December 18, 2007 / 1:48 AM / 10 years ago

Senators threaten to revoke FCC media ownership vote

WASHINGTON (Reuters) - A bipartisan group of U.S. senators threatened on Monday to override the Federal Communications Commission if the agency votes to loosen media ownership restrictions at a meeting scheduled for Tuesday.

A group of 25 senators sent a letter to FCC Chairman Kevin Martin, warning they would “move legislation to revoke the rule and nullify the vote” if the FCC lifts ownership restrictions in the 20 biggest U.S. cities.

The group, including Senate Commerce Committee Chairman Daniel Inouye, a Democrat from Hawaii, and the panel’s top Republican, Ted Stevens of Alaska, said the FCC had not spent enough time studying the issue and seeking input from the public.

The senators accused Martin of ignoring the public’s right “to play a constructive role” in the decision.

A spokeswoman for the FCC declined to comment on the letter.

However, in a December 4 letter to Senate Majority Leader Harry Reid, Commerce Secretary Carlos Gutierrez said the Bush administration would oppose any “attempt to delay or overturn these revised (FCC) rules by legislative means.”

“The administration has long supported modernization of media ownership regulations to more accurately reflect the changing media landscape,” Gutierrez wrote in his letter to Reid.

Martin’s proposal is expected to be approved at Tuesday’s meeting with the support of the two other Republicans on the commission. They say the FCC has been studying the media ownership issue and soliciting public opinion for years.

The proposed changes have drawn objections from consumer groups and some lawmakers, as well as the FCC’s two Democratic commissioners.

Existing FCC rules ban ownership of a newspaper, and a television or radio station in the same market, unless the FCC grants a waiver.

Critics, led by Democratic Sen. Byron Dorgan of North Dakota, say easing ownership rules will lead to more industry consolidation, eliminate independent voices and degrade local news coverage. They also argue Martin’s proposal contains a loophole that would cause a wave of mergers beyond the top 20 markets.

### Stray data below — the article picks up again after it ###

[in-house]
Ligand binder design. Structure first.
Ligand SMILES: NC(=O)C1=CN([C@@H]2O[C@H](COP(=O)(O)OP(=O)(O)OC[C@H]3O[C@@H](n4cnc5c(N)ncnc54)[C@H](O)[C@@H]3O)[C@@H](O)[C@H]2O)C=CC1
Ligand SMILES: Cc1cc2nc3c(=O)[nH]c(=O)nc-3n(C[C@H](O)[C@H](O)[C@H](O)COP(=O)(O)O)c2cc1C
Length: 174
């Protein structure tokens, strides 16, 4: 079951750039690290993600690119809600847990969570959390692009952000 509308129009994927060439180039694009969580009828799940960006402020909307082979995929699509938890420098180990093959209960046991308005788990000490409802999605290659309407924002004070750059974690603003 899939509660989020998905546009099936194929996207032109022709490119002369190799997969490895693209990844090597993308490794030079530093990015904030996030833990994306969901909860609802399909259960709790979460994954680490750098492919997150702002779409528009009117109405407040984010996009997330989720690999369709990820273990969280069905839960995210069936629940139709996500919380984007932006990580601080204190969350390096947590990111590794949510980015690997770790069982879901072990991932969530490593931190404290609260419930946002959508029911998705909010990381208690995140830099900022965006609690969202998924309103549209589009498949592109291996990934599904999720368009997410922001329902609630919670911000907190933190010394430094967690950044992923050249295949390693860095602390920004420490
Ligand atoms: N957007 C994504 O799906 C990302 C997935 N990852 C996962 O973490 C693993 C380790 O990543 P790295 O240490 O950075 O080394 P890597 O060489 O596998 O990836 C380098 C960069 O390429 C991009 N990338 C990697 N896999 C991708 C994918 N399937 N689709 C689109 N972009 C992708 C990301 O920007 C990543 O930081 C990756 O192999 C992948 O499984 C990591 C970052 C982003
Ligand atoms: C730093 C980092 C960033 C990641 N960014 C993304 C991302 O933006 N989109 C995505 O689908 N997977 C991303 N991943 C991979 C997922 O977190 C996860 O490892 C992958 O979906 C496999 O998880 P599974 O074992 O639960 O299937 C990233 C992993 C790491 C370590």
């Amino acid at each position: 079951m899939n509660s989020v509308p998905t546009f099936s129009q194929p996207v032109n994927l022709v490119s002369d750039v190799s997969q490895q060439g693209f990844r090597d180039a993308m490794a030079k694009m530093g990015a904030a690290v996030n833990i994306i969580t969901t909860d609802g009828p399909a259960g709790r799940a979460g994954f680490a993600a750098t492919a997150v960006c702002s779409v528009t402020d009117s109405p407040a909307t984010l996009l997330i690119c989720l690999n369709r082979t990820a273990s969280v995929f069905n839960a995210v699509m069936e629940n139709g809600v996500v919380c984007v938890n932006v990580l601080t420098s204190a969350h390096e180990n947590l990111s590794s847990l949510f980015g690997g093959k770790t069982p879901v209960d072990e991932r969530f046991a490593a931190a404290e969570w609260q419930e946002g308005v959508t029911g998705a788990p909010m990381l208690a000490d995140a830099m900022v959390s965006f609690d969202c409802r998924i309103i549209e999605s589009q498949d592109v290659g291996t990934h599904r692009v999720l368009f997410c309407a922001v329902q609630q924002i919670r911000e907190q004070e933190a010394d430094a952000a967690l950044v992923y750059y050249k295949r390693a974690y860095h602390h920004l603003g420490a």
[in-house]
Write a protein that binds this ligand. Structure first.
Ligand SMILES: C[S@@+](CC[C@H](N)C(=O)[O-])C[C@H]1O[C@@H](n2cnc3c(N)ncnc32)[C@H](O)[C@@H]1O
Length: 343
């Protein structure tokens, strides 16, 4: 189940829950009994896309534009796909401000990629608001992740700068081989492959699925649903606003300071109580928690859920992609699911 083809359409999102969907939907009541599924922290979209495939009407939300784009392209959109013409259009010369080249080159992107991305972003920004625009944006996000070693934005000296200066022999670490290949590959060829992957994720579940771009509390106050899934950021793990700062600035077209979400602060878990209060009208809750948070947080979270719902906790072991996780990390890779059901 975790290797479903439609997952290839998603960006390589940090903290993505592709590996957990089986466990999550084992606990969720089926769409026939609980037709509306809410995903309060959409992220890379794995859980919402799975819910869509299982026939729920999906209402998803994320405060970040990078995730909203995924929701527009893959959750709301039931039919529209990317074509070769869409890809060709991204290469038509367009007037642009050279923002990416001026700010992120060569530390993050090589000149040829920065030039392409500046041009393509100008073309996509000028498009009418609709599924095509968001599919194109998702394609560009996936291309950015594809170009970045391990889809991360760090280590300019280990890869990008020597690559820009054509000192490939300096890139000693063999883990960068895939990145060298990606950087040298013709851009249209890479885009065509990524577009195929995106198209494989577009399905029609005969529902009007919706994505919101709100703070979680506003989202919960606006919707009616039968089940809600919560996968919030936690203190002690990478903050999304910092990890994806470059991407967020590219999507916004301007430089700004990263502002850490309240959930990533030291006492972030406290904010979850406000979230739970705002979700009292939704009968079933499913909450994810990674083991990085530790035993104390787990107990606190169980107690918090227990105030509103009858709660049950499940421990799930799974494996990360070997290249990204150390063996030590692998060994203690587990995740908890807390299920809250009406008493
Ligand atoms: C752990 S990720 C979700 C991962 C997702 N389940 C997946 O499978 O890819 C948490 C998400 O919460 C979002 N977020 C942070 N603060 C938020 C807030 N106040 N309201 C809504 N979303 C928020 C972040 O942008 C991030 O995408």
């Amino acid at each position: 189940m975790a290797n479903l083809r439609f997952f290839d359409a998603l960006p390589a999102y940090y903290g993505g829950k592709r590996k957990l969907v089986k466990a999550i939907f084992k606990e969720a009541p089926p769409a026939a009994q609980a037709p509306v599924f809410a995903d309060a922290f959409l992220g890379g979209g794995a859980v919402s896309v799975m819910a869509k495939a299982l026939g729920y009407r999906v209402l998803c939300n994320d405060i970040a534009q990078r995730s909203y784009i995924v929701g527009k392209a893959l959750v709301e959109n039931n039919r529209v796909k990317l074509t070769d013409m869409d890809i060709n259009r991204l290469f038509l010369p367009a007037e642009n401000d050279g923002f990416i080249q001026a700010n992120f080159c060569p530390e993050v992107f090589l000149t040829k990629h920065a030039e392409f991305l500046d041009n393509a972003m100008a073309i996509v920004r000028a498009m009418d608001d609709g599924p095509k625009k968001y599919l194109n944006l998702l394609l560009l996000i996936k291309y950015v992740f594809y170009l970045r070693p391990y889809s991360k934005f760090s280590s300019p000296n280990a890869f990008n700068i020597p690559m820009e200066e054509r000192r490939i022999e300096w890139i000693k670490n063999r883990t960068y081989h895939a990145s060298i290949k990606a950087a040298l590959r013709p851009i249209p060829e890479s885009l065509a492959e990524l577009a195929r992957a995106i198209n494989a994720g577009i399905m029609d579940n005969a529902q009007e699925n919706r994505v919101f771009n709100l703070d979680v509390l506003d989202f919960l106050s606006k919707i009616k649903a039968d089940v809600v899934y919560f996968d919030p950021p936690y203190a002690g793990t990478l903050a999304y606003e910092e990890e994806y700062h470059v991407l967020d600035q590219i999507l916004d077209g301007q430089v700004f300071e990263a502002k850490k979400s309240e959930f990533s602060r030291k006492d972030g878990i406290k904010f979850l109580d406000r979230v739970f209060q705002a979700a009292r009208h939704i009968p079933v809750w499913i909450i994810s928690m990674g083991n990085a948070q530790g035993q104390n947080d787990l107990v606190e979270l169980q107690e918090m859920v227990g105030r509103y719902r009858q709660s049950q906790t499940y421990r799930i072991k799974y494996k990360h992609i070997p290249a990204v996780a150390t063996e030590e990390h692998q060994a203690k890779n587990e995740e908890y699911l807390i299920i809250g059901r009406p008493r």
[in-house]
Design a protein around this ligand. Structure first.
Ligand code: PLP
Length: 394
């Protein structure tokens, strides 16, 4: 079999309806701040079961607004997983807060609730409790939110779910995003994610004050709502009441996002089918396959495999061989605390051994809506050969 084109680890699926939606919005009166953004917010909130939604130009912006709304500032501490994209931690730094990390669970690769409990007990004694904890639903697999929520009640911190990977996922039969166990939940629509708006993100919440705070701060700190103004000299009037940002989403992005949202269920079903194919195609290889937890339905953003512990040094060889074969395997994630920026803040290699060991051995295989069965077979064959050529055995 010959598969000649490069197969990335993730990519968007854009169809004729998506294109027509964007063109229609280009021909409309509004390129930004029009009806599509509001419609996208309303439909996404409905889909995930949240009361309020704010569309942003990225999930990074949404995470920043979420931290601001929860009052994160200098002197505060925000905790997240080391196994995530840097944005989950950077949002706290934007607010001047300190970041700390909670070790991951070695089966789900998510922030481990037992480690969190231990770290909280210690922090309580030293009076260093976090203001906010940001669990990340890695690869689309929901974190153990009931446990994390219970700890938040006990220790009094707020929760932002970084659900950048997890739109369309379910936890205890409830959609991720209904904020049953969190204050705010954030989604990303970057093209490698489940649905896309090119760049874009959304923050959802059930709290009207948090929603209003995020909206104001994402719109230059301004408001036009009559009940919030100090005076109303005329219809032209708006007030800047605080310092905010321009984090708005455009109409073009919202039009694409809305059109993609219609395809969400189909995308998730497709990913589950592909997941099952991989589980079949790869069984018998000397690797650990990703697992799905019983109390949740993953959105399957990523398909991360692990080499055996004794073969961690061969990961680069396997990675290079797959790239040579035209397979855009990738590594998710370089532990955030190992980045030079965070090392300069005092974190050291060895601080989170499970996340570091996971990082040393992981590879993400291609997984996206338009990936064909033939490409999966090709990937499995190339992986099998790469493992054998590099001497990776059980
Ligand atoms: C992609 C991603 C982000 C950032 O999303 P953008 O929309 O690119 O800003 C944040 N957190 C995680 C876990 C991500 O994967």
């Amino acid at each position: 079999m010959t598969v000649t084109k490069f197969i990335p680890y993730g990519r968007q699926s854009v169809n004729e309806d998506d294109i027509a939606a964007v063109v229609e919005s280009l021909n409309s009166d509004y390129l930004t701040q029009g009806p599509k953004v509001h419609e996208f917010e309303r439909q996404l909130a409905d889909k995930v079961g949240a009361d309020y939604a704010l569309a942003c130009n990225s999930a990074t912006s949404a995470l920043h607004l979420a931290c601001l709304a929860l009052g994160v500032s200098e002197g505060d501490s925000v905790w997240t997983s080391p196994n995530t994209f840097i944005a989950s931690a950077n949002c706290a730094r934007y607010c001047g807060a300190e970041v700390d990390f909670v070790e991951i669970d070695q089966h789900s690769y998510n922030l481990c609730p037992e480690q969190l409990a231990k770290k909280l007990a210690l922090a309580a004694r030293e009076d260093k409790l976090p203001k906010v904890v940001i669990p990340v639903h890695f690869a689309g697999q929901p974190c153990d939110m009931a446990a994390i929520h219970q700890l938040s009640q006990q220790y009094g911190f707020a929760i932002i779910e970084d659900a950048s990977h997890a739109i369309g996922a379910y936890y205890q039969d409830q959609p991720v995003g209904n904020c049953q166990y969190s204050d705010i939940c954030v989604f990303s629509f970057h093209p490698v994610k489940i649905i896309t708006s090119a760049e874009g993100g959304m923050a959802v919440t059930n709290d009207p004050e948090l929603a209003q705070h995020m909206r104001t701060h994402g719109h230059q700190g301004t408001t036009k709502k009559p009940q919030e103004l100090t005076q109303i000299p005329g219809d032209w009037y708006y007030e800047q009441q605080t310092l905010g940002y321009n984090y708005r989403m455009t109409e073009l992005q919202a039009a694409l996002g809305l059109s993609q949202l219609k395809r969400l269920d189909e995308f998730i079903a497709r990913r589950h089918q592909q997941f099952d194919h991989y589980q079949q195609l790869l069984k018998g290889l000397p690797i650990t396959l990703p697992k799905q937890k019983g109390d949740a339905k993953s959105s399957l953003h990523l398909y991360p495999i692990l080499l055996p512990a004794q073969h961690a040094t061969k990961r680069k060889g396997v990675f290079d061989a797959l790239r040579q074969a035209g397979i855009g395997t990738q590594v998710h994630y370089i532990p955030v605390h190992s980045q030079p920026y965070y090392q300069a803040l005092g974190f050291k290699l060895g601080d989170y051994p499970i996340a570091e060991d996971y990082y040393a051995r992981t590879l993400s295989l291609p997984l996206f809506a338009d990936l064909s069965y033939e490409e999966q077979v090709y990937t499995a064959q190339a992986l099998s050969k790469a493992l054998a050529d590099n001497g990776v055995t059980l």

On November 30, the three Republican commissioners approved an order temporarily waiving the ownership restrictions for media group Tribune Co, allowing the company to proceed with its planned leveraged buy-out.

The concerns prompted lawmakers on the Senate Commerce Committee to endorse a bill earlier this month that would have imposed a 6-month delay on the FCC in deciding on the ownership rule changes.

Democrats in the House also expressed misgivings at a hearing earlier this month about the proposed changes and asked Martin if he would delay the decision.

Later on Monday, House Judiciary Committee Chairman John Conyers, a Democrat from Michigan, said he also had sent a letter to Martin repeating the request to delay action.

However, a Capitol Hill source said House lawmakers had been stymied recently on efforts to advance legislation that would force the FCC to postpone the media ownership decision.

They had hoped to attach the legislation to a catch-all spending bill that lawmakers are hoping to pass before they adjourn for the year later this week. But the idea was rejected by Democratic leaders, the source said.

“It seems like if he wants to take a vote, he’s going to take a vote,” this source said, referring to Martin.

Reporting by Peter Kaplan; Editing by Tim Dobbyn

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